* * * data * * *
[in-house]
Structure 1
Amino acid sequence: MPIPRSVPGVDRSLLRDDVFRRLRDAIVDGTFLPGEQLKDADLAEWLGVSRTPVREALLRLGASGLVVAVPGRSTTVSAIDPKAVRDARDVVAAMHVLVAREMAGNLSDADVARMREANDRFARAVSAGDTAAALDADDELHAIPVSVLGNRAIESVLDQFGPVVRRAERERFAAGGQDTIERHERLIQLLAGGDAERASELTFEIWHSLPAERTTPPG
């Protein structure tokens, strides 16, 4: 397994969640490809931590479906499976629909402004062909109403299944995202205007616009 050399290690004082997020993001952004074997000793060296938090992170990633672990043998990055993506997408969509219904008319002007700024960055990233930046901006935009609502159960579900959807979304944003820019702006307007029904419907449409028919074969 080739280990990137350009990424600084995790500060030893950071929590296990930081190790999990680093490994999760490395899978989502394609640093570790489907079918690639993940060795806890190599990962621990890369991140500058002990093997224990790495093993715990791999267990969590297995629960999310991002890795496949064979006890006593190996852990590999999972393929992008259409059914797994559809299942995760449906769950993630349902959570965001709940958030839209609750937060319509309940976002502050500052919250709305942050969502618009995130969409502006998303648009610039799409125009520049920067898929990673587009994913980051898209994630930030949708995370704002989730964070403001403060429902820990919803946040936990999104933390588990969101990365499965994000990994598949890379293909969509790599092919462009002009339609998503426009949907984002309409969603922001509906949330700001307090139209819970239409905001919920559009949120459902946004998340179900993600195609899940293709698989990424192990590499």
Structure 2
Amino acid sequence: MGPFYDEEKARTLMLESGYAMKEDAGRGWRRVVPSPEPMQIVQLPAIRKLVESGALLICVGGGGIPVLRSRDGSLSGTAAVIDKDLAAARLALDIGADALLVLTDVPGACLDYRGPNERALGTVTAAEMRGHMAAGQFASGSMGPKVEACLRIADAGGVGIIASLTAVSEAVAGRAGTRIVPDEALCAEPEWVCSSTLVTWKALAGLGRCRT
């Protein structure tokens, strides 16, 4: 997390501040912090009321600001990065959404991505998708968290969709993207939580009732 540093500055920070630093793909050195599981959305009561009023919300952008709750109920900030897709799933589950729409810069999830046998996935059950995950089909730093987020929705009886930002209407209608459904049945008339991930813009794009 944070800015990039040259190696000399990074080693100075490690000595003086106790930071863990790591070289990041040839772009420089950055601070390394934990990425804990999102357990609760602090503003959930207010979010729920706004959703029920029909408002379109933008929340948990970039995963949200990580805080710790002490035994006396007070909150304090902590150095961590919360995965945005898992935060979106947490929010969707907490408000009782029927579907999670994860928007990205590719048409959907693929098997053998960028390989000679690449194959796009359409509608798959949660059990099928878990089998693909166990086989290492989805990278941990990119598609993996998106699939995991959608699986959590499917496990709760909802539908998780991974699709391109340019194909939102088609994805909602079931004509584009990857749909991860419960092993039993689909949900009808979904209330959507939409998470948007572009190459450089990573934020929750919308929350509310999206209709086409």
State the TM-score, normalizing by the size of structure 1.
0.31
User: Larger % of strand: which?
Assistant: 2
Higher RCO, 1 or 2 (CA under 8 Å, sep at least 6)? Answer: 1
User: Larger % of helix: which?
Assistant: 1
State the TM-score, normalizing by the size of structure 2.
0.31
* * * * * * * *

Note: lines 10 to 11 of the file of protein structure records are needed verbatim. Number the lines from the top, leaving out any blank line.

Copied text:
User: Larger % of strand: which?
Assistant: 2